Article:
PAN North America
by Paul Towers
Last week, Swiss-based pesticide corporation Syngenta dumped tens of thousands of dollars into a county election in Southern Oregon. Sound familiar? It should. Still reeling from their recent defeat in Kaua’i, Syngenta and the rest of the “Big 6” don’t want to lose any more fights around pesticides and GMOs.
But Oregononians are holding their ground. Led by a group of farmers dubbed Our Family Farms Coalition, these residents put an initiative on the ballot that would restrict the planting of genetically engineered crops. The vote will be on May 20.
While Syngenta may try to paint them as “out of touch,” this organized group of family farmers notes that the law would provide protections for them and other farmers. The initiative would ensure farmers in Oregon aren’t exposed to increased pesticides use; don’t lose business — including potential losses of market exports — from contamination of their crops; and aren’t vulnerable to frivolous lawsuits brought by the likes of Syngenta and Monsanto for so-called “patent infringement.”
The problems are very real for Oregon. No one has yet to figure out how Monsanto’s “rogue” GE wheat was growing in a farmer’s fields over the summer, even though that strain of wheat hasn’t been grown in experimental plots for over a decade. And that contamination had serious financial repercussions, effectively shutting down exports to countries like Japan and Korea.
I’ve learned a lot about genetically engineered crops and this will be the last year I grow them.
– Jared Walters, Oregon farmer
So now, Oregon farmers are doing their best to stand up to the powerful pesticide and genetically engineered seed corporations so they can keep farming and sustain their livelihoods. As farmer Jared Walters said, “I’ve learned a lot about genetically engineered crops and this will be the last year I grow them.”
It’s no suprise that Syngenta & Co. are putting vast resources into the campaign to defeat the Oregon ballot measure. As I’ve noted in previous blogs, these corporations invest heavily in shutting down opposition to their products at local levels. Most recently, they launched an aggressive public relations effort to defeat a bill in Kaua’i County, Hawai’i that created disclosure of their products and no-spray buffer zones around sensitive sites like schools. And while it was an inredibly tough fight, Kaua’i residents were able to get the bill passed.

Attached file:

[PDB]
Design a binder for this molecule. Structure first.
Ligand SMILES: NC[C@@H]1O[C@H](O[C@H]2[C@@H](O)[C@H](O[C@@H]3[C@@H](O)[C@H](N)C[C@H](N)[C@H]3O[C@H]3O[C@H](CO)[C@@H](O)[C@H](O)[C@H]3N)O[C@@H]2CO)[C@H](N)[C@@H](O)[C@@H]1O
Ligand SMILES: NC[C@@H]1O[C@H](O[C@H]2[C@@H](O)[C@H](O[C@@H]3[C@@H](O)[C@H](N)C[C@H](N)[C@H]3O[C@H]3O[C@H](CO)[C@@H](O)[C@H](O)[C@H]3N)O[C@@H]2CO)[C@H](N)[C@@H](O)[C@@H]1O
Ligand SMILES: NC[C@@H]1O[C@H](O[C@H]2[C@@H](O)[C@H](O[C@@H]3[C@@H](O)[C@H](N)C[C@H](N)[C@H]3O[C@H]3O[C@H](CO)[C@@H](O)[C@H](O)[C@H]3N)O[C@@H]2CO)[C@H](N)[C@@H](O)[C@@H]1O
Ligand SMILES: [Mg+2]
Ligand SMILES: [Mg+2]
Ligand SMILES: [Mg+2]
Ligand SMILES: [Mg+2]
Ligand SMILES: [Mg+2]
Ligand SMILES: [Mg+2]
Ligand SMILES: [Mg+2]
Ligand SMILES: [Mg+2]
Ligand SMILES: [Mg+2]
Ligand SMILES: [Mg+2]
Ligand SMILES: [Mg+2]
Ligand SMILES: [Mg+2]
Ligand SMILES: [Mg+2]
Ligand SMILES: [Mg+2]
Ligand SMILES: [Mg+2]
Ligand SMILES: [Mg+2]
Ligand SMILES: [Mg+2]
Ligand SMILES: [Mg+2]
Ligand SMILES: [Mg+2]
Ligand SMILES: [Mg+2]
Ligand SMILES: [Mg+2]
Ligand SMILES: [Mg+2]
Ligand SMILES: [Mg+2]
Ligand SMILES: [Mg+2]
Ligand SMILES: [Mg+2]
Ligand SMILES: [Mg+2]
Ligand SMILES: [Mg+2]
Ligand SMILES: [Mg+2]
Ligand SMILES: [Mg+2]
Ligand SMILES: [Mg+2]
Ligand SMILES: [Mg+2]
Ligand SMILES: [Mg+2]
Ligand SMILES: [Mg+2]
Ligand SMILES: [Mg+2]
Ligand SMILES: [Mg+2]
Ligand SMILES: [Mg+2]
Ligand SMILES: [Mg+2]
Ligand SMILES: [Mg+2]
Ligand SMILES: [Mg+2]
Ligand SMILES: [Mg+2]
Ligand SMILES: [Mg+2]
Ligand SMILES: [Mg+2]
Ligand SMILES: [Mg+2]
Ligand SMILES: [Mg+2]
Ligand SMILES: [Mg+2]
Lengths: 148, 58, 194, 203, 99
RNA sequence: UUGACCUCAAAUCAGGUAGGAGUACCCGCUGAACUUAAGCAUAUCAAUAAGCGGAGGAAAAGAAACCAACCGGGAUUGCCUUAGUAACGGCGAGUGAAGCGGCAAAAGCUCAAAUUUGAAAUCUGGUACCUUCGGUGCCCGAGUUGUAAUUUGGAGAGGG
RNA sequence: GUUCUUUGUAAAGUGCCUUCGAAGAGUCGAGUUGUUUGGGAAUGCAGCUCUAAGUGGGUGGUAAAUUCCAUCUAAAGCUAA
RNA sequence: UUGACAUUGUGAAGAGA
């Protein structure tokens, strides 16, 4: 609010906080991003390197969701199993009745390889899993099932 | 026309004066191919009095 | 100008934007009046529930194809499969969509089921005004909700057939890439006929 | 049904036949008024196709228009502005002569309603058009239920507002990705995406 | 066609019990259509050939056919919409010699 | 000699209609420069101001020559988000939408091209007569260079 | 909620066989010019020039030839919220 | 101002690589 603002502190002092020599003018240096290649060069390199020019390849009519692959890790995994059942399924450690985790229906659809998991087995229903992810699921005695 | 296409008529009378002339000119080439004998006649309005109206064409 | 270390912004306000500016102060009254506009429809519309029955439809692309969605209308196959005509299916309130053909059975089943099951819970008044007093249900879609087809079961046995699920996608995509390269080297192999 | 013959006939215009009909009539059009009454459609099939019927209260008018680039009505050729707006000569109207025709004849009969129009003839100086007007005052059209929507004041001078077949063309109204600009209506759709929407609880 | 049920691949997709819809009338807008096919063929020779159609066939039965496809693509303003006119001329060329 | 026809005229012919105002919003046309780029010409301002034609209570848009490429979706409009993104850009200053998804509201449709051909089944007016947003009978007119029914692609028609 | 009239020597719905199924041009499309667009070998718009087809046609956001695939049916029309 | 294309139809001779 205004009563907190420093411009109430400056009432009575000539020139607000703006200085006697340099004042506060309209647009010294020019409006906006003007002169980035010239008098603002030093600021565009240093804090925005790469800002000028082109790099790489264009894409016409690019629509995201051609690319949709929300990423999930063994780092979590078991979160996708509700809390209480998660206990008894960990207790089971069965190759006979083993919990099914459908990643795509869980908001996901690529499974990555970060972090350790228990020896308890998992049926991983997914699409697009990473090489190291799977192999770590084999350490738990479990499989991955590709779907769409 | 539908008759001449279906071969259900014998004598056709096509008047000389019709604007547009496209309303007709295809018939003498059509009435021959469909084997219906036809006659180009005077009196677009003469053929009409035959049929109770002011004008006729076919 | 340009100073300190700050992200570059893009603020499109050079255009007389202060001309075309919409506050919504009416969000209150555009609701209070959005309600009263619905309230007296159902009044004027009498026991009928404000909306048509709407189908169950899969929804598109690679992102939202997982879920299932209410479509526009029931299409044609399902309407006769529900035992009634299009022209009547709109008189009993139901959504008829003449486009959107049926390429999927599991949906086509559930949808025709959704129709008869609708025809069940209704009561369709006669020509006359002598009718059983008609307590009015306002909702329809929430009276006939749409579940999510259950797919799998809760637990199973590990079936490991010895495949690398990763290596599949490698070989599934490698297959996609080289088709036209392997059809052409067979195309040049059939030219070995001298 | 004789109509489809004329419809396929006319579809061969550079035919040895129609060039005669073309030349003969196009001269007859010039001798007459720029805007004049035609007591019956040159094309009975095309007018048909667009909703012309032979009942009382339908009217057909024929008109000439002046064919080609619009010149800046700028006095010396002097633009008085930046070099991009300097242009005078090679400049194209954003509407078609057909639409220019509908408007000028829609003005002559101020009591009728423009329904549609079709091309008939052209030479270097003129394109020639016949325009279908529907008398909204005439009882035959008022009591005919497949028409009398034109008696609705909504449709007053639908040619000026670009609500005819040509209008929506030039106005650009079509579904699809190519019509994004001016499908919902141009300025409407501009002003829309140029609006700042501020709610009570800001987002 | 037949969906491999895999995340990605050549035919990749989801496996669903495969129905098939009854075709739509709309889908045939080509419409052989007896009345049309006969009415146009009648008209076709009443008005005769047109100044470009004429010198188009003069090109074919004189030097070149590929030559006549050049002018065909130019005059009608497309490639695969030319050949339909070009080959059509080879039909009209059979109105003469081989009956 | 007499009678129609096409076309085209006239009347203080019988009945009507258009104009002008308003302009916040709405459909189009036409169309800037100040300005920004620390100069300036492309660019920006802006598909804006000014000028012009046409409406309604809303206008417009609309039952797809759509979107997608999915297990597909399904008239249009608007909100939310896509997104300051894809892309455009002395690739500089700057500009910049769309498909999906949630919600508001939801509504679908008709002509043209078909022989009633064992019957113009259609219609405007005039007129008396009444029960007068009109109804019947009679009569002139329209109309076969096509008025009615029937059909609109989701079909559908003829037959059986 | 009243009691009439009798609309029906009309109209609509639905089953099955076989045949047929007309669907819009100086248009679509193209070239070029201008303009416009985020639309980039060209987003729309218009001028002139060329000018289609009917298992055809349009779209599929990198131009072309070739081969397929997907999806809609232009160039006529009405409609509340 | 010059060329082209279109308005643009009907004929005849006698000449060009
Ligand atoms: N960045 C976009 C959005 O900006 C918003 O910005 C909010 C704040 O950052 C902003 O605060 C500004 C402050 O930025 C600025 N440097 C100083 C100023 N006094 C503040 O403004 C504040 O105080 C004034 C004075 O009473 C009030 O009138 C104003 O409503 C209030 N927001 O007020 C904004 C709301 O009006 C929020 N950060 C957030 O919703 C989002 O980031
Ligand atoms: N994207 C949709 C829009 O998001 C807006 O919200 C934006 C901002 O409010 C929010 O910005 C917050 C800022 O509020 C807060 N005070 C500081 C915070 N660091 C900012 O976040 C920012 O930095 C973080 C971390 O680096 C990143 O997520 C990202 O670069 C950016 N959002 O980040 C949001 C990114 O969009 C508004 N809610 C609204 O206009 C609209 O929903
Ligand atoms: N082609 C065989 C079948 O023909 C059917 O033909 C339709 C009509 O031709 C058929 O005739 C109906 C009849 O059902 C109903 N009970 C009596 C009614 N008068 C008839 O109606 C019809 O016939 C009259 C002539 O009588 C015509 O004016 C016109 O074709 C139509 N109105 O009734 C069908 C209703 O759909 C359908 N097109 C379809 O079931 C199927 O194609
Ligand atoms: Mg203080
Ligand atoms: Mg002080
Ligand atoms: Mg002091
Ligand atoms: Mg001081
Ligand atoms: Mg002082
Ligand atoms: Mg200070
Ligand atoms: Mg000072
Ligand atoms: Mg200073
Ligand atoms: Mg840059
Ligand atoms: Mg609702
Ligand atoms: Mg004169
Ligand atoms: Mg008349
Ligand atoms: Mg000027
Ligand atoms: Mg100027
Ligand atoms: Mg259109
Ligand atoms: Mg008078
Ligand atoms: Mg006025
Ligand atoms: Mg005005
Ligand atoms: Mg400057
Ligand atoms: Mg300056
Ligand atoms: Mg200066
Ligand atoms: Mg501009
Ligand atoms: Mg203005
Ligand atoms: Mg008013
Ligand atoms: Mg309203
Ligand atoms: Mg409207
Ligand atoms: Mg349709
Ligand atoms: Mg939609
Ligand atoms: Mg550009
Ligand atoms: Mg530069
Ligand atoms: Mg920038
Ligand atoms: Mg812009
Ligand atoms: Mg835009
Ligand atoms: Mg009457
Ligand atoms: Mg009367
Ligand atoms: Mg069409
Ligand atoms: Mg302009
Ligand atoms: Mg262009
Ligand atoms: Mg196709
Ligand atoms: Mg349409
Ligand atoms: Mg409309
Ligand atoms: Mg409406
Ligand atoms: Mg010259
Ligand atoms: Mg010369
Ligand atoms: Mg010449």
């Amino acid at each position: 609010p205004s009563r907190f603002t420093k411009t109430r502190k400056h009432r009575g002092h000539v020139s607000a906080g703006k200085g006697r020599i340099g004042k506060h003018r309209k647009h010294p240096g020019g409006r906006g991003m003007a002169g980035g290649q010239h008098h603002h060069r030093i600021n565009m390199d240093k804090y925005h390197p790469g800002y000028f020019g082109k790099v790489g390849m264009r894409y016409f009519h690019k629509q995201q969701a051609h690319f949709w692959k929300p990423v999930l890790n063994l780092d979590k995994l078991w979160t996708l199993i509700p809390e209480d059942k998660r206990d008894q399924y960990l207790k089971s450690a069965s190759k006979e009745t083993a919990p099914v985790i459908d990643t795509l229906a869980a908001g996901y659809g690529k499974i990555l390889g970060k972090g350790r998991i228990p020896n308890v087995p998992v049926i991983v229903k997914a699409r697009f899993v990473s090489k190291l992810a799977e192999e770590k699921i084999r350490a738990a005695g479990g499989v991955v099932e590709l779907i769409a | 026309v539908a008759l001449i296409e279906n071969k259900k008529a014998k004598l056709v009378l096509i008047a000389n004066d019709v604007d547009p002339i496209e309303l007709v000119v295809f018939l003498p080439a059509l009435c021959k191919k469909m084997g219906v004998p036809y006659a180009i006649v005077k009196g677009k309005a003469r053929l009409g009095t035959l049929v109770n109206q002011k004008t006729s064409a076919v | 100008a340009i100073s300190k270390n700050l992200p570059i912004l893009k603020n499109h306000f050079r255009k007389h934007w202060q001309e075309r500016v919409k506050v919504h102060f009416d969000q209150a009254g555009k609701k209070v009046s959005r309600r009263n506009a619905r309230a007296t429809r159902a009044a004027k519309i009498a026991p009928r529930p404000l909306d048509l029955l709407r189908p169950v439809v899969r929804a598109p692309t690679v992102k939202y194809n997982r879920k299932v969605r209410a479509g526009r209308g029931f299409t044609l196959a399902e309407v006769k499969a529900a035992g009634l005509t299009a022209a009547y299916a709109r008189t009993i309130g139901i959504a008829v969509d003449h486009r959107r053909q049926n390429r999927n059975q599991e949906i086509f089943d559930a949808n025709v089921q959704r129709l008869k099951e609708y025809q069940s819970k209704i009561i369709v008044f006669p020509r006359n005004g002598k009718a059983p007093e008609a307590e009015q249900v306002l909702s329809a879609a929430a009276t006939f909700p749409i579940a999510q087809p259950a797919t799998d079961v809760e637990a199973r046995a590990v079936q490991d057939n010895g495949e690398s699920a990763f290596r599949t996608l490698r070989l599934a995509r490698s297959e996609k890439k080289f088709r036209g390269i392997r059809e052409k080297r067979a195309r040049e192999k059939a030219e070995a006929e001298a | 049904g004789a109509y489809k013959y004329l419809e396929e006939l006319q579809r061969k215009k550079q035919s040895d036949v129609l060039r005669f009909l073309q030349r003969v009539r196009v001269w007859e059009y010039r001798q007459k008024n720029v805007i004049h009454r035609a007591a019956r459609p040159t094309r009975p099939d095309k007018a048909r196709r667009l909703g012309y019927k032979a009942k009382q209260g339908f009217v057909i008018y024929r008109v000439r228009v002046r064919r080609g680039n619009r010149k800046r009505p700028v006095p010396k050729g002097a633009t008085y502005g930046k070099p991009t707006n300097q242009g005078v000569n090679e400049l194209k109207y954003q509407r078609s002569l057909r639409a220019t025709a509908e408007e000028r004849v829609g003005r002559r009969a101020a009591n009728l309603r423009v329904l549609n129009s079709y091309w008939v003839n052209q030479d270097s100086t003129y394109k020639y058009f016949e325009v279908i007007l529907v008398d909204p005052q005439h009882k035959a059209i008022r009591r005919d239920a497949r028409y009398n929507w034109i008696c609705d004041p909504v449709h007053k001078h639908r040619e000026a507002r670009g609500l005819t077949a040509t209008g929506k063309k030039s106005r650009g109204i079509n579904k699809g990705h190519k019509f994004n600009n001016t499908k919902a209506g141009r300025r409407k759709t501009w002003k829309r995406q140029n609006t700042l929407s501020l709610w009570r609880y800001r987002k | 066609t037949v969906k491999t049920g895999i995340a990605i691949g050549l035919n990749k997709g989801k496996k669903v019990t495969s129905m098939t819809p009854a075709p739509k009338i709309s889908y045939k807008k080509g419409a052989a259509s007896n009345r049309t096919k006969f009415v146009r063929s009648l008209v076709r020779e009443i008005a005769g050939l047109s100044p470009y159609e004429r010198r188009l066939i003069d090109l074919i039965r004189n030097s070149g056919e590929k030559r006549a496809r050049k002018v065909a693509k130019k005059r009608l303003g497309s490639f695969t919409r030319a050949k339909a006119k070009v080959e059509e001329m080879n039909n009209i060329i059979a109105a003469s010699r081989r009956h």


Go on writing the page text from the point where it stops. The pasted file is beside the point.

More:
When they can’t get what they want at the local level, Syngenta and the rest of the “Big 6” global pesticide corporations try to push things through at the state level. With only a few weeks of the current Hawai’i legislative session left, it seems unlikely that industry will rush something through this session. But, as I noted before, they’ve done it before in an effort to preempt local rights.
Fight continues in Hawai’i
While the Kaua’i County bill passed late last year, pesticide corporations are still fighting it. While their pushing for state legislation to undermine the authority of local govenernments, Syngenta & Co. also filed suit against Kaua’i County. And earlier this week a judge granted PAN, our members and partners on Kaua’i the chance to help defend Kaua’i from the lawsuit.
Andrew Kimbrell at Center for Food Safety — one of our close partners — noted that, “The judge said specifically he wanted to include the perspective and voices of the people on Kauai who were being affected.”
The ruckus on Kaua’i hasn’t deterred others in the state from taking up the same fight. Maui County residents have collected well over the 8,500 signatures needed to qualify an initiative for the November 2014 ballot that would prohibit growing GE crops. And, we expect, the pesticide corporations will soon turn their attention and money to focus on Maui. But money will only go so far.
It hasn’t been a good few months for Syngenta. In two high-profile pieces — one in The New Yorker and one on Global News’ “16×9” (the Canadian equivalent of “60 Minutes”) — the company was implicated in attacks on independent scientists. These scientists’ research exposed links between the company’s flagship product, atrazine, and its effects on endocrine systems, or hormones.
Syngenta & Co. continue to put their considerable resources behind discrediting scientists that shine a light on their products, and defeating local efforts around the country to protect farmers from GE contamination and pesticide exposure. But the effort to expose their practices and the problems with their products is even stronger. Farmers and residents of Jackson County and Maui County will prevail, one way or another.